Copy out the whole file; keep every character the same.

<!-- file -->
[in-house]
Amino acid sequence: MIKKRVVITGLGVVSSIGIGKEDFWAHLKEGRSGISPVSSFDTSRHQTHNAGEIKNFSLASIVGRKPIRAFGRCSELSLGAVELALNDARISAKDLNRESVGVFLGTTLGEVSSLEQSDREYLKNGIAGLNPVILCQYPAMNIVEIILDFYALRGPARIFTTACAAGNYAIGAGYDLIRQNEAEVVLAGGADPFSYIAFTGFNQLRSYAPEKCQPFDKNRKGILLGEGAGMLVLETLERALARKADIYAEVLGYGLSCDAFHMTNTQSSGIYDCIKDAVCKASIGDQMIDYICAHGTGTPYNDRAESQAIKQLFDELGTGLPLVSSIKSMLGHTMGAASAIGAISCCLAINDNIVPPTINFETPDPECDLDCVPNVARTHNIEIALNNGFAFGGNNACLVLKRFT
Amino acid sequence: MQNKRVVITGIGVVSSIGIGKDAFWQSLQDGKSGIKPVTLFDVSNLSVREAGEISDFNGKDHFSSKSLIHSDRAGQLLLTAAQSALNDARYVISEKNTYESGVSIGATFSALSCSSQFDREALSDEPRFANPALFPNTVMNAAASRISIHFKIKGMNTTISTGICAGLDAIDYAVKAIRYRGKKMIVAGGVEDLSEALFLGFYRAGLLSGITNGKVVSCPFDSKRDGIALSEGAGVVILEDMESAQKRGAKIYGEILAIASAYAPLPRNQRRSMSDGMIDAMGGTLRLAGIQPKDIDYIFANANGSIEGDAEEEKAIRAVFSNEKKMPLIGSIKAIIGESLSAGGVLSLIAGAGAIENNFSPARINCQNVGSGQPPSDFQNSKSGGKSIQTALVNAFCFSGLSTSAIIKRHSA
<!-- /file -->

[in-house]
Amino acid sequence: MIKKRVVITGLGVVSSIGIGKEDFWAHLKEGRSGISPVSSFDTSRHQTHNAGEIKNFSLASIVGRKPIRAFGRCSELSLGAVELALNDARISAKDLNRESVGVFLGTTLGEVSSLEQSDREYLKNGIAGLNPVILCQYPAMNIVEIILDFYALRGPARIFTTACAAGNYAIGAGYDLIRQNEAEVVLAGGADPFSYIAFTGFNQLRSYAPEKCQPFDKNRKGILLGEGAGMLVLETLERALARKADIYAEVLGYGLSCDAFHMTNTQSSGIYDCIKDAVCKASIGDQMIDYICAHGTGTPYNDRAESQAIKQLFDELGTGLPLVSSIKSMLGHTMGAASAIGAISCCLAINDNIVPPTINFETPDPECDLDCVPNVARTHNIEIALNNGFAFGGNNACLVLKRFT
Amino acid sequence: MQNKRVVITGIGVVSSIGIGKDAFWQSLQDGKSGIKPVTLFDVSNLSVREAGEISDFNGKDHFSSKSLIHSDRAGQLLLTAAQSALNDARYVISEKNTYESGVSIGATFSALSCSSQFDREALSDEPRFANPALFPNTVMNAAASRISIHFKIKGMNTTISTGICAGLDAIDYAVKAIRYRGKKMIVAGGVEDLSEALFLGFYRAGLLSGITNGKVVSCPFDSKRDGIALSEGAGVVILEDMESAQKRGAKIYGEILAIASAYAPLPRNQRRSMSDGMIDAMGGTLRLAGIQPKDIDYIFANANGSIEGDAEEEKAIRAVFSNEKKMPLIGSIKAIIGESLSAGGVLSLIAGAGAIENNFSPARINCQNVGSGQPPSDFQNSKSGGKSIQTALVNAFCFSGLSTSAIIKRHSA